Jimmy Fallon's ‘Golden' Opportunity

'The Tonight Show' star begins the awards season with the Golden Globes on NBC Jan. 8 as other late night hosts gear up for prime time spots.

The tapping this week of ABC’s Jimmy Kimmel as a first-time Oscars host come February kicked off a sub-competition amid the usual show businesss awards scramble. 

The announcement sets a prime time stage for the late night comedy battles: Jimmy Fallon is slated to host the Golden Globes next month, while CBS’ James Corden will helm the Grammys in February and appears likely to return to the Tonys in June. It's a good bet that CBS will turn to Stephen Colbert for the Emmys in the summer.

Fallon enters the game with a big advantage: He gets to go first. The Jan. 8 Globes broadcast offers the NBC "Tonight Show" host a golden opportunity to set the tone – and the bar – for the major awards show season.

Fallon gets to try to build on the work of Ricky Gervais and Tina Fey and Amy Poehler, who transformed the once-sleepy Globes into a must-see event over the last six years.

Their edgy performances gave the Globes a running start on the Academy Awards. Sure, the Oscars still pull in a bigger crowd, but the Globes get the host buzz. Academy Awards bids to grab back some luster by recruiting relatively youthful hosts James Franco and Anne Hathaway, "Family Guy" creator Seth MacFarlane and Neil Patrick Harris largely failed.

ABC apparently hopes that Kimmel, whose fun post-Oscars specials sometimes outshine the show, can successfully transport his smart-and-smart-aleck persona to the three-hour-plus main event.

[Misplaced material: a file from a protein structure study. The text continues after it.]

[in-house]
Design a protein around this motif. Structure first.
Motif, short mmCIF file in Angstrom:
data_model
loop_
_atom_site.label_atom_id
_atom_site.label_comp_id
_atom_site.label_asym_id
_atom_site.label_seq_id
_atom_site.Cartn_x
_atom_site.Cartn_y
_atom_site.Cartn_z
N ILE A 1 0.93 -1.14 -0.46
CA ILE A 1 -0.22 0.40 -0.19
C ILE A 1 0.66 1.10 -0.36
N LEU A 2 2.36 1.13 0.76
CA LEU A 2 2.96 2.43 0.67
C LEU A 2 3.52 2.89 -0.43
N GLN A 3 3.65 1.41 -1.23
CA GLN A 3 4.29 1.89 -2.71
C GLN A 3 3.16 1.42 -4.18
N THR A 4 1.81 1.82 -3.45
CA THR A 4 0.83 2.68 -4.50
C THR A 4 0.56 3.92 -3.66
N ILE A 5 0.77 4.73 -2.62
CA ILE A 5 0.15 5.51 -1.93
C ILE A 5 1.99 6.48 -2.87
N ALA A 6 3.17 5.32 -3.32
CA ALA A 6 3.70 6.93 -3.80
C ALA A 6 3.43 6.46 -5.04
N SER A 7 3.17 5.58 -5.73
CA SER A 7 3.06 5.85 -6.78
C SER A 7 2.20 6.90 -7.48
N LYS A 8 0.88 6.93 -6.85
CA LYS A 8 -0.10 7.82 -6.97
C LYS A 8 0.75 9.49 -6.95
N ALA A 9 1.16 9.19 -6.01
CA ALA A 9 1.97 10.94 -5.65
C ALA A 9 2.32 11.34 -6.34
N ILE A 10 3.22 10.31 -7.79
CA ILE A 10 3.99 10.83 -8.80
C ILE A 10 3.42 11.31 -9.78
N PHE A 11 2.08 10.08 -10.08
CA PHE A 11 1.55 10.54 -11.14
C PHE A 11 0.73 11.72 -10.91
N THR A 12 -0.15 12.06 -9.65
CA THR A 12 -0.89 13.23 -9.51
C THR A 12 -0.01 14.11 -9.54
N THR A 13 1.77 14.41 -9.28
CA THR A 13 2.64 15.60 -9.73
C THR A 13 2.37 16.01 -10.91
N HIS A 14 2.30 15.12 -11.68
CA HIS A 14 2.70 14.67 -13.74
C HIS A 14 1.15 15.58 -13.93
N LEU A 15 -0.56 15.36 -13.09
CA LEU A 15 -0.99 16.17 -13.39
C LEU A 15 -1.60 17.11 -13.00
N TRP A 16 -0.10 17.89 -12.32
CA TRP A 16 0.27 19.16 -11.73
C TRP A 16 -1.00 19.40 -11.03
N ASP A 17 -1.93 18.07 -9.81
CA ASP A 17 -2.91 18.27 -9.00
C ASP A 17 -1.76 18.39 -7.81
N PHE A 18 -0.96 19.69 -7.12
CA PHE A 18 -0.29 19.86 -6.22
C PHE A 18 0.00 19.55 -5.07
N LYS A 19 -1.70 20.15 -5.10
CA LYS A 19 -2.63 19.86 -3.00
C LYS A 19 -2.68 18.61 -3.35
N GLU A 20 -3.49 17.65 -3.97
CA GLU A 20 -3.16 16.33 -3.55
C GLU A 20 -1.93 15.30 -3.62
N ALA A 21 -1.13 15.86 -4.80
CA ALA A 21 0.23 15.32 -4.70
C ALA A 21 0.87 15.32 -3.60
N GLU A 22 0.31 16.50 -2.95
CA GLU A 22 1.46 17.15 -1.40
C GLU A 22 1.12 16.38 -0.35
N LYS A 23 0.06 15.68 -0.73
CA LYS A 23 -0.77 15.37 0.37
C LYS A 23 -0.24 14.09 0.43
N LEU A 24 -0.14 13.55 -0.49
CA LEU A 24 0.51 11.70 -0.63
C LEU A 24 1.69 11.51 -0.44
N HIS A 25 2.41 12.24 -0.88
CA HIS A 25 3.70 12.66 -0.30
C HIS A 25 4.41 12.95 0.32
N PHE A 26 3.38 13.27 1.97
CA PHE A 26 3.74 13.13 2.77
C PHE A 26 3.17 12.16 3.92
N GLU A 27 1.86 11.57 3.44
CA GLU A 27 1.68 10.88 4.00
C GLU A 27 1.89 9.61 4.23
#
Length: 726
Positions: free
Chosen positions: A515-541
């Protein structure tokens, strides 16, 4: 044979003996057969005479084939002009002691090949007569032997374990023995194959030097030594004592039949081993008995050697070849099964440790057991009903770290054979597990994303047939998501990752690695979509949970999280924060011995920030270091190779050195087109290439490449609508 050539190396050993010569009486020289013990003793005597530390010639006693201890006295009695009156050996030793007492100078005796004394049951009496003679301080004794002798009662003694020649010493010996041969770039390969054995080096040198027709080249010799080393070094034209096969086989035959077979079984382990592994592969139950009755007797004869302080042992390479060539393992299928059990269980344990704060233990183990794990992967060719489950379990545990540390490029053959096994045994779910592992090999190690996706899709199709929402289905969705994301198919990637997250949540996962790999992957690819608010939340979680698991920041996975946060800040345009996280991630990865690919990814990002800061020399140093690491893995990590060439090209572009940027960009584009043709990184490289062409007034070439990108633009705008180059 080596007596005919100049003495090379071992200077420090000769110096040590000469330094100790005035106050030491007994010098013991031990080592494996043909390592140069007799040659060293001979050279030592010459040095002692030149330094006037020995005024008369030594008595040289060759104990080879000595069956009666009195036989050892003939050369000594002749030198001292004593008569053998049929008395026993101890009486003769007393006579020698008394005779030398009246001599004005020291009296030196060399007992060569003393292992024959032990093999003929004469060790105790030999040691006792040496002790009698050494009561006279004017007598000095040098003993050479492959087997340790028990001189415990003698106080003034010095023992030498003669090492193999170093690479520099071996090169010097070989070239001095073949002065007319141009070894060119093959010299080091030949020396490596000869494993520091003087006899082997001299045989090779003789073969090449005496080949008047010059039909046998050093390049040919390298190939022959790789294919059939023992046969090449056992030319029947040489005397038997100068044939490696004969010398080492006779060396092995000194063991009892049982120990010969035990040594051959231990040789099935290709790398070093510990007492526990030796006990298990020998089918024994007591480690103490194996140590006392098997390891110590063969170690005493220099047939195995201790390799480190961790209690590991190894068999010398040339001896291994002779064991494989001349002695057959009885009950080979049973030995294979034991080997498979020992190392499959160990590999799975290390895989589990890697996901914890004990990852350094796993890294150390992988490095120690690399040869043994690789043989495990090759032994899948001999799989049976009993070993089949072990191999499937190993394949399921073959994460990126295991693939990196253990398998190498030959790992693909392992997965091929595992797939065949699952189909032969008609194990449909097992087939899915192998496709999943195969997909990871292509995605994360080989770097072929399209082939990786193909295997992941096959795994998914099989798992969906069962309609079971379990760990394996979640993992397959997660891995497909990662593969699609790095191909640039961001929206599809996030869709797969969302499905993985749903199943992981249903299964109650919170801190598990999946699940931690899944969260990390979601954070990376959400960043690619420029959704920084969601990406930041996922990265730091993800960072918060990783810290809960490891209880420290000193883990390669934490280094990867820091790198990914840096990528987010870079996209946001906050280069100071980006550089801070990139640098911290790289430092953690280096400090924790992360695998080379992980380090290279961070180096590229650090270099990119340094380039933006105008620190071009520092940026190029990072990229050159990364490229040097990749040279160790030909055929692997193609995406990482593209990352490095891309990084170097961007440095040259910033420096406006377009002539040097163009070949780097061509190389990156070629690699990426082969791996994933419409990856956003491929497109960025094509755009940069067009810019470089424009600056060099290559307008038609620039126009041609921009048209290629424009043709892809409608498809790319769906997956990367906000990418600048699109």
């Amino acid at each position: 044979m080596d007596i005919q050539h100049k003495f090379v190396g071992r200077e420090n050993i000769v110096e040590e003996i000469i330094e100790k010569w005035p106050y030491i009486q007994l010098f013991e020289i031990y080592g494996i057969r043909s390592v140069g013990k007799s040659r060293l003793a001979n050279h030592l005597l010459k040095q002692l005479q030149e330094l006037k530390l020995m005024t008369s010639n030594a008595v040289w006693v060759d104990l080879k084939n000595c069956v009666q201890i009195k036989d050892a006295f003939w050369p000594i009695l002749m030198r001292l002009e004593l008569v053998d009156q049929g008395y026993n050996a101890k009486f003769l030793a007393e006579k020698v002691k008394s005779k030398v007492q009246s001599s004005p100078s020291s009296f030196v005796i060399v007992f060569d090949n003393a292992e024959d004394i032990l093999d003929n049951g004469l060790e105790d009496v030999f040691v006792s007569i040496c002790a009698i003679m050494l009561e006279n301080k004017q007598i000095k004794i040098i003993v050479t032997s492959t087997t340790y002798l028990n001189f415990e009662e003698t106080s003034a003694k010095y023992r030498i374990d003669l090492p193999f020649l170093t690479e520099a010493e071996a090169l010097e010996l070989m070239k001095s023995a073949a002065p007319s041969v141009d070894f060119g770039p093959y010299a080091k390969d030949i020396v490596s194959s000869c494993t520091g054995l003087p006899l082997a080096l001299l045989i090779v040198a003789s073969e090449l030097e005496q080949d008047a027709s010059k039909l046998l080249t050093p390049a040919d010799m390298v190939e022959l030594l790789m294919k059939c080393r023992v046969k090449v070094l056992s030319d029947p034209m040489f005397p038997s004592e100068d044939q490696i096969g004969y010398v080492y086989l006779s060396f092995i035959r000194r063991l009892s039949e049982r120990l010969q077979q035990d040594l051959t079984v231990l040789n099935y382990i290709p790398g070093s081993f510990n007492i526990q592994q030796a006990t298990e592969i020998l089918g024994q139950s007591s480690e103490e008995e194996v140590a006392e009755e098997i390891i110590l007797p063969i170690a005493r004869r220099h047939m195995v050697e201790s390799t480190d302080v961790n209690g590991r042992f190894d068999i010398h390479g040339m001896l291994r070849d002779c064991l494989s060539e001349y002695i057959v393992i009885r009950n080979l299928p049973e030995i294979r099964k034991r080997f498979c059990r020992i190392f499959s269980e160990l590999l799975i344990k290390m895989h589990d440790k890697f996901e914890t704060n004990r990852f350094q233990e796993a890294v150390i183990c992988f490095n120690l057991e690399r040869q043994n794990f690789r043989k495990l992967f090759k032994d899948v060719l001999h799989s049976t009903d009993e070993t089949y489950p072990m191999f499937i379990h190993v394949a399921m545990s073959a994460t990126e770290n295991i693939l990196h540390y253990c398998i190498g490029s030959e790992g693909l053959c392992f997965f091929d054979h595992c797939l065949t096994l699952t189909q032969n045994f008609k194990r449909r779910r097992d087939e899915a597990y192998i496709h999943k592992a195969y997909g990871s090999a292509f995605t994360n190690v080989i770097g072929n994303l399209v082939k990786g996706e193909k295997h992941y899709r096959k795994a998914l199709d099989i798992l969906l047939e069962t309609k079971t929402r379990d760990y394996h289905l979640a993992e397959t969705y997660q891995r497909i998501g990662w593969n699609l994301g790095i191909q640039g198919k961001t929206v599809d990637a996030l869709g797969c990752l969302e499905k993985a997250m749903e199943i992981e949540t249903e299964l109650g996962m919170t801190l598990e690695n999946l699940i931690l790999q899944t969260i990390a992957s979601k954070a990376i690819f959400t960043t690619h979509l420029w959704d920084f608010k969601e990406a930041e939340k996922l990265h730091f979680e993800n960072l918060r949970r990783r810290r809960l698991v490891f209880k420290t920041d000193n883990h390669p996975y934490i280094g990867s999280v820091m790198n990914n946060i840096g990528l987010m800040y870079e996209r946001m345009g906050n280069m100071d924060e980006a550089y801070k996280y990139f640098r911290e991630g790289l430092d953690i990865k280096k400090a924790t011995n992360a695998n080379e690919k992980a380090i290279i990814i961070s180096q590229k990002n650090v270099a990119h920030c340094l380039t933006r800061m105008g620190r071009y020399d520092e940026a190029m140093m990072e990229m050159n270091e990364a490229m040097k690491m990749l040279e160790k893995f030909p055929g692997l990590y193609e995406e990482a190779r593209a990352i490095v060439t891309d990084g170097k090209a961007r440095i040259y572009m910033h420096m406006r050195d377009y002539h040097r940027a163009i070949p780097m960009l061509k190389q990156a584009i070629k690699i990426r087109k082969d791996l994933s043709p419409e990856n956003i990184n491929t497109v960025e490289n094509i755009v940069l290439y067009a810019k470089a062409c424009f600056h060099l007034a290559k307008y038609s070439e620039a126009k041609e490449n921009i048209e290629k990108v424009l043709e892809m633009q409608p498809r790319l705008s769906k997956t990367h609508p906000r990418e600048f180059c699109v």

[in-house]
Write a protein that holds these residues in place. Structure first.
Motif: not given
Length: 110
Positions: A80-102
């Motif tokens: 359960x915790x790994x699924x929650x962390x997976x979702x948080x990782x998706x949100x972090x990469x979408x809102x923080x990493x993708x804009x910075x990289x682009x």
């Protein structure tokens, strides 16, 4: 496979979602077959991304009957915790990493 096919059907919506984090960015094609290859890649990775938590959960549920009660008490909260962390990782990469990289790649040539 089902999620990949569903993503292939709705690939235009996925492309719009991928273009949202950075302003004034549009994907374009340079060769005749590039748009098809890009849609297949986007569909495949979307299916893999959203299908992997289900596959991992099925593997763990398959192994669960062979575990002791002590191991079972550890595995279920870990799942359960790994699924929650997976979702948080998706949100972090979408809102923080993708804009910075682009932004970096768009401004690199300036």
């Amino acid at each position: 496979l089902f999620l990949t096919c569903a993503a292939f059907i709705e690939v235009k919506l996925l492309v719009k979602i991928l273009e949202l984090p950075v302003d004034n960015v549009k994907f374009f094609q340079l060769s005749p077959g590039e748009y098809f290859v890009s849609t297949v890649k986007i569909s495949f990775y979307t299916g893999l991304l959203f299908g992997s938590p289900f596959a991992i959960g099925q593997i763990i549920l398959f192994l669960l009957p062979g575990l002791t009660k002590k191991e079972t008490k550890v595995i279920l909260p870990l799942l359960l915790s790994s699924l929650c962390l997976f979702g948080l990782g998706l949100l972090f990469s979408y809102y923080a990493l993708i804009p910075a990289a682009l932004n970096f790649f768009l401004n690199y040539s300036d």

While Fallon's "Tonight Show" remains late night ratings champ, he lands at the Globes as an underdog. The informal format won't allow for the kind of spectacle that made his 2010 Emmys gig a star-enhancing turn (remember his epic “Born to Run” opener?).

Host Jimmy Fallon and Emma Stone take turns guessing random song titles and lyrics while wearing noise-canceling headphones.

Perhaps more challenging will be inevitable comparisons to the sharp elbows thrown by Gervais, who mercilessly poked the likes of Charlie Sheen and Mel Gibson, and Fey and Poehler, who memorably targeted Bill Cosby. Viewers also may tune in expecting pointed post-election political jibes.

That's not Fallon's style. But he's armed a quick wit and enjoys a strong rapport with celebrities that lets him get away with mocking at will, sans the animus generated by Gervais.

Fallon's humor is no less funny for its gentle delivery, as seen in his recent promo airing ahead of Monday’s Globes nominations announcement. He’s off to a good head start, but his hosting stint will test whether being first will be enough to last through a long awards season.

Jere Hester is Director of News Products and Projects at the City University of New York Graduate School of Journalism. He is also the author of "Raising a Beatle Baby: How John, Paul, George and Ringo Helped us Come Together as a Family." Follow him on Twitter.

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